Grosvenor, the Duke of Westminster’s property company, benefited from its global strategy by achieving a 19% increase in its net asset value to £3.1bn in 2007 in stark contrast to the performance of the UK’s listed property companies.
The NAV came after a £491m surplus after a revaluation of the wholly-owned portfolio to nearly £6bn and a pretax profit of £524m, up from £508.7m in 2006.
However, the company said in its 2007 results published today that it had made a provision of £48.8m against its Liverpool One urban regeneration scheme, ‘to reflect the decline in capital values through the year’. But there was no further provision against cost overruns, which dented the figures in 2006 by £140m.
Total return on the portfolio fell from 15.5% in 2006 to 14.4%. Grosvenor Australia was the star performer of its geographic businesses, producing a total return of 25%.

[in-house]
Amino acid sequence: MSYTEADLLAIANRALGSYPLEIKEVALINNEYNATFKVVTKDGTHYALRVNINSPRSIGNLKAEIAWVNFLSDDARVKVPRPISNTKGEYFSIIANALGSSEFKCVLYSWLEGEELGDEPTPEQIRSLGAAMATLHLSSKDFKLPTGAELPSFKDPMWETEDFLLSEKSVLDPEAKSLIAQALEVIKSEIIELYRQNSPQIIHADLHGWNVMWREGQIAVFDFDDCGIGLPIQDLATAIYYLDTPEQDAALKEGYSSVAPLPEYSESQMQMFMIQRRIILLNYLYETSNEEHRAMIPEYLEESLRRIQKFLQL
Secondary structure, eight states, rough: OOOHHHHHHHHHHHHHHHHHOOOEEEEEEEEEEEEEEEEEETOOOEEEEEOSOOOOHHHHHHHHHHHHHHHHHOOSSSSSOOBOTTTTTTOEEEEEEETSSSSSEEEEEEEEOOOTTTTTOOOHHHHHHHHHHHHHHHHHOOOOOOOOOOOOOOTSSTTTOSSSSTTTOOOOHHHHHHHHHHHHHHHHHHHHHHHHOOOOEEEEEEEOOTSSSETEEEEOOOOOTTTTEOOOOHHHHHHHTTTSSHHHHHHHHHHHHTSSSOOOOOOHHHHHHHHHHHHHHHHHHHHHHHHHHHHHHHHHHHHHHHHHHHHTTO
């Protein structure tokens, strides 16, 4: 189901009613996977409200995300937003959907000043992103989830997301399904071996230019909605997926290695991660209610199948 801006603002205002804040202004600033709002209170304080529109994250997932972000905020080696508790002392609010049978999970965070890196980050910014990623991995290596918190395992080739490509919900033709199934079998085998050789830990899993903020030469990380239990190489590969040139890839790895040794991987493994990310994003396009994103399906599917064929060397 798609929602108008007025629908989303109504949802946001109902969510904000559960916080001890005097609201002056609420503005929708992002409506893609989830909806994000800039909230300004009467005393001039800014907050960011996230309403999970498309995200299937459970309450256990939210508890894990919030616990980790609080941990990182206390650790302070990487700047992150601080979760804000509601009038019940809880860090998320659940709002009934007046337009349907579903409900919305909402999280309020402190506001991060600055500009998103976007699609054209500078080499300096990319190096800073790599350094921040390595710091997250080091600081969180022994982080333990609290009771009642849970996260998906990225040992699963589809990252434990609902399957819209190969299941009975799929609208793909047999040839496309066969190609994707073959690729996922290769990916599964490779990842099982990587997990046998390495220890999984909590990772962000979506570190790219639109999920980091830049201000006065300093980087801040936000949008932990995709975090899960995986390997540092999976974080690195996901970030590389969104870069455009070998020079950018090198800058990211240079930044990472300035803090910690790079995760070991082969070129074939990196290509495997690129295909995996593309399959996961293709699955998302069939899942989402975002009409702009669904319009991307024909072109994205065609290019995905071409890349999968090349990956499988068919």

No 2008 recovery
Outgoing chief executive Jeremy Newsum was cautious on the prospects for property in 2008.
‘These results demonstrate the strength of our diverse international business,’ he said. 'The more difficult market conditions we predicted have arrived, but all Grosvenor’s operating companies around the world performed well in 2007.
‘Industry returns are unlikely to recover in 2008, but our international reach and financial strength mean that the medium term future is a bright one for Grosvenor. I am very confident that the business will flourish under the leadership of Mark Preston.’
Preston takes over from Newsom on 1 July.